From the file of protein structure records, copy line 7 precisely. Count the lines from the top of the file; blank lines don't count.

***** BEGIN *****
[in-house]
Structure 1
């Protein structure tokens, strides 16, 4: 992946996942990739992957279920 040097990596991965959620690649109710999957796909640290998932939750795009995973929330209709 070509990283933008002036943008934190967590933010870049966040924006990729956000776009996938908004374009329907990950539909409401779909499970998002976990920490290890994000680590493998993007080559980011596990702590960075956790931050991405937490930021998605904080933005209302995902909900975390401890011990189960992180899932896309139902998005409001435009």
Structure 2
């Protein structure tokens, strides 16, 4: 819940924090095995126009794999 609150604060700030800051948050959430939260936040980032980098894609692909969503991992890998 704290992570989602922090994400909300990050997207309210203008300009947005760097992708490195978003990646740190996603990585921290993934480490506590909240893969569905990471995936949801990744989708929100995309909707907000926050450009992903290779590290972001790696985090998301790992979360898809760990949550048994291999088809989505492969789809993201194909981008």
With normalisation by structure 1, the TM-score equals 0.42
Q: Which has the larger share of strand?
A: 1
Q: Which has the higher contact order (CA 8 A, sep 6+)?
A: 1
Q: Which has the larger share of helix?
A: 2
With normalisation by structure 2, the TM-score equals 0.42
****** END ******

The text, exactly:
Q: Which has the larger share of strand?